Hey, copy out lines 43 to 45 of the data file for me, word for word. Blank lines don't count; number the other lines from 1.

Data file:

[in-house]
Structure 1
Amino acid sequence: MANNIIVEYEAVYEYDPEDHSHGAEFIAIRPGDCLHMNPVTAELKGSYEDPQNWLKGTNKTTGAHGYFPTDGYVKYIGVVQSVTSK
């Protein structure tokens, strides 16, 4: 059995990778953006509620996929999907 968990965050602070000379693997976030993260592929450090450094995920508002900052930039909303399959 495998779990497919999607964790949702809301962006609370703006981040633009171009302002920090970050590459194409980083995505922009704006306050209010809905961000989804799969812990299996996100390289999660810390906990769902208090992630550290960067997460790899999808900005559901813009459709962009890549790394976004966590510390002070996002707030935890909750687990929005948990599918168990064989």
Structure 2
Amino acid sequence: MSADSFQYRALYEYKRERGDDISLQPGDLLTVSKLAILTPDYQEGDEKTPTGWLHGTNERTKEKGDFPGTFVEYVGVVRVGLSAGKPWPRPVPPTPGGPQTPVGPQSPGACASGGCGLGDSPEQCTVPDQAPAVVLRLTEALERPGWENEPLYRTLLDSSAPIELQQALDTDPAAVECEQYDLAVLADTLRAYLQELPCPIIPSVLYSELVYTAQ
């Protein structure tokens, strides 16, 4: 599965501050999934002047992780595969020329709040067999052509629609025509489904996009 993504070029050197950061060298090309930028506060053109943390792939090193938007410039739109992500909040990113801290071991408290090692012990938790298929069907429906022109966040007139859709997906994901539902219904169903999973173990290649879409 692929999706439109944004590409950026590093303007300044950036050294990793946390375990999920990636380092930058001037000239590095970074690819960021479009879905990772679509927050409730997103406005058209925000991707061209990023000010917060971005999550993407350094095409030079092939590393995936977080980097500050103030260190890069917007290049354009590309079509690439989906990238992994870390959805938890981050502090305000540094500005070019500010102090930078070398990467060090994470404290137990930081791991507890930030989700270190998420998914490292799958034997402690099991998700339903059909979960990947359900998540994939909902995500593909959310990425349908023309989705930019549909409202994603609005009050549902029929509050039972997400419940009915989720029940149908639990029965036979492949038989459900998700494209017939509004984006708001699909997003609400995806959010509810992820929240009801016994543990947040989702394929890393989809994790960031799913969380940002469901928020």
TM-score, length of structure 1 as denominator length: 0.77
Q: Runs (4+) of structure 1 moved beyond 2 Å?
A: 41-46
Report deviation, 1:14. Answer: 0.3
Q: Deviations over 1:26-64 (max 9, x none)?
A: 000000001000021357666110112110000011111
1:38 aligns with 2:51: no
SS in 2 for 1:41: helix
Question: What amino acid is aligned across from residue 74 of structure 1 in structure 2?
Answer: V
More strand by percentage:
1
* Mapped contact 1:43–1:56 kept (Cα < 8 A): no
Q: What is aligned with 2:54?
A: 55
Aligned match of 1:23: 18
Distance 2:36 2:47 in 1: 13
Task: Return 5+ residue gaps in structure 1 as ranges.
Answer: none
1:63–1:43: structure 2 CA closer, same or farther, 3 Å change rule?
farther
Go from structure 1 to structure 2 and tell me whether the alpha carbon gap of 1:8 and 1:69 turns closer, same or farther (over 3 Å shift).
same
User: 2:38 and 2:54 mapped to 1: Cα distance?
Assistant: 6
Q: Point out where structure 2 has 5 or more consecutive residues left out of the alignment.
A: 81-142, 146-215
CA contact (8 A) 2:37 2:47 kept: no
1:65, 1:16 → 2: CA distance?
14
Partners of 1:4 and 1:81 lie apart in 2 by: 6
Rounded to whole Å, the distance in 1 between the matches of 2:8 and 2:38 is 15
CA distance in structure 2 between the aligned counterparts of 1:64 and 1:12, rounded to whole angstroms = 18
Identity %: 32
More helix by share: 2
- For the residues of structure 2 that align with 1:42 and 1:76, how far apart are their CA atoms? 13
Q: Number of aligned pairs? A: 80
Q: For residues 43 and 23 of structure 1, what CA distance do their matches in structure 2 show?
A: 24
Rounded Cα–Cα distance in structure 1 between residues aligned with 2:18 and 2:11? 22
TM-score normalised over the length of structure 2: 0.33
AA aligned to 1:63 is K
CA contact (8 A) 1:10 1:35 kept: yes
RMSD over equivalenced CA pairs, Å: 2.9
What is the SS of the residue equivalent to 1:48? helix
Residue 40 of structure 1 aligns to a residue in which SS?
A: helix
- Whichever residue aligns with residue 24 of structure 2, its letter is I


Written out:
- For the residues of structure 2 that align with 1:42 and 1:76, how far apart are their CA atoms? 13
Q: Number of aligned pairs? A: 80
Q: For residues 43 and 23 of structure 1, what CA distance do their matches in structure 2 show?